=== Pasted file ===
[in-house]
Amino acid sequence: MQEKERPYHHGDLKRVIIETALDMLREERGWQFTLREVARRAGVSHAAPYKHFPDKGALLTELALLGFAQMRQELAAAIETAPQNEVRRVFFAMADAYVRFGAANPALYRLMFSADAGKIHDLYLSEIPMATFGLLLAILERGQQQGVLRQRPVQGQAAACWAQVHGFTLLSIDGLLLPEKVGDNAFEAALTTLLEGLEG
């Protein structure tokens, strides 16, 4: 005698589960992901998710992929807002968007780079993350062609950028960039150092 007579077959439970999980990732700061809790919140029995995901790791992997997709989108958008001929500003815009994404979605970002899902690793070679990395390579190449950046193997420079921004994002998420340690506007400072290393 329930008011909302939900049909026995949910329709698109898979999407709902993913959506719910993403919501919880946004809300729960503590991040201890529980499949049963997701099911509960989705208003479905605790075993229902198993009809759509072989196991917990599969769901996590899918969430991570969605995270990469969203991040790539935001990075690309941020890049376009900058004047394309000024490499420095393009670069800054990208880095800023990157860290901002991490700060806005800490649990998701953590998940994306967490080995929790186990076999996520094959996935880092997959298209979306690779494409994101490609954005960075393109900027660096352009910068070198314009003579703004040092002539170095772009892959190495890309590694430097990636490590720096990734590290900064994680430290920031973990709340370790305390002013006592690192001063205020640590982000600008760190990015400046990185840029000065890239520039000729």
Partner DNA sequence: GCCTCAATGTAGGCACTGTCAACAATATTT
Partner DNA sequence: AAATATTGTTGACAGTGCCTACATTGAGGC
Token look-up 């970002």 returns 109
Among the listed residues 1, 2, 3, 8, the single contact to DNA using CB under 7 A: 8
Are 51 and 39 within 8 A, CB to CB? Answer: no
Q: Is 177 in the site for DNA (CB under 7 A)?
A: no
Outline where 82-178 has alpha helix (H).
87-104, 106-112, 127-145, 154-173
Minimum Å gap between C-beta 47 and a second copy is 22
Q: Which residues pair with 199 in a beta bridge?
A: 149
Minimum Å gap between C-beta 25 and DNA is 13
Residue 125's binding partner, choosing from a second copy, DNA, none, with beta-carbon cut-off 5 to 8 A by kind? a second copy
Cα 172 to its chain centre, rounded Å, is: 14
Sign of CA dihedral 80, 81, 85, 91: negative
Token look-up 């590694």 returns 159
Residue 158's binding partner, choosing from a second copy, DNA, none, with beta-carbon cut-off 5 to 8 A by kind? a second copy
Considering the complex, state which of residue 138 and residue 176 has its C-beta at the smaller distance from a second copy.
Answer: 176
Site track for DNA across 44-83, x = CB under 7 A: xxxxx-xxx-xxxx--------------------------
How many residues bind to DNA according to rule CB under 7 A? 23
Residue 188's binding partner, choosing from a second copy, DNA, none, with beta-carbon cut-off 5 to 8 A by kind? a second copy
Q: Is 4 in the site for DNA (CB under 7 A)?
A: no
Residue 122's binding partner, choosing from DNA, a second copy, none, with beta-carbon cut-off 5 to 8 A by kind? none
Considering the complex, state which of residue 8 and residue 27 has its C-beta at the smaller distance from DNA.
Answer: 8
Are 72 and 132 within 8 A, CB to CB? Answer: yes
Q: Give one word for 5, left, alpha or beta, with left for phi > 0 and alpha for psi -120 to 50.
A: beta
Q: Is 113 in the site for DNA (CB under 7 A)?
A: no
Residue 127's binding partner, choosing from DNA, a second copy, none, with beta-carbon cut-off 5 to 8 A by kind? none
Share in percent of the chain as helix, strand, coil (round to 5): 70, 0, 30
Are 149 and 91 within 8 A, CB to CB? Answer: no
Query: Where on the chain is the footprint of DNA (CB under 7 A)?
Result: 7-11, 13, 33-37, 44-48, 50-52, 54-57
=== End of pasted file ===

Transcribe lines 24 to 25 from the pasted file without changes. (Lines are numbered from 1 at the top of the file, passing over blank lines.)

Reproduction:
Site track for DNA across 44-83, x = CB under 7 A: xxxxx-xxx-xxxx--------------------------
How many residues bind to DNA according to rule CB under 7 A? 23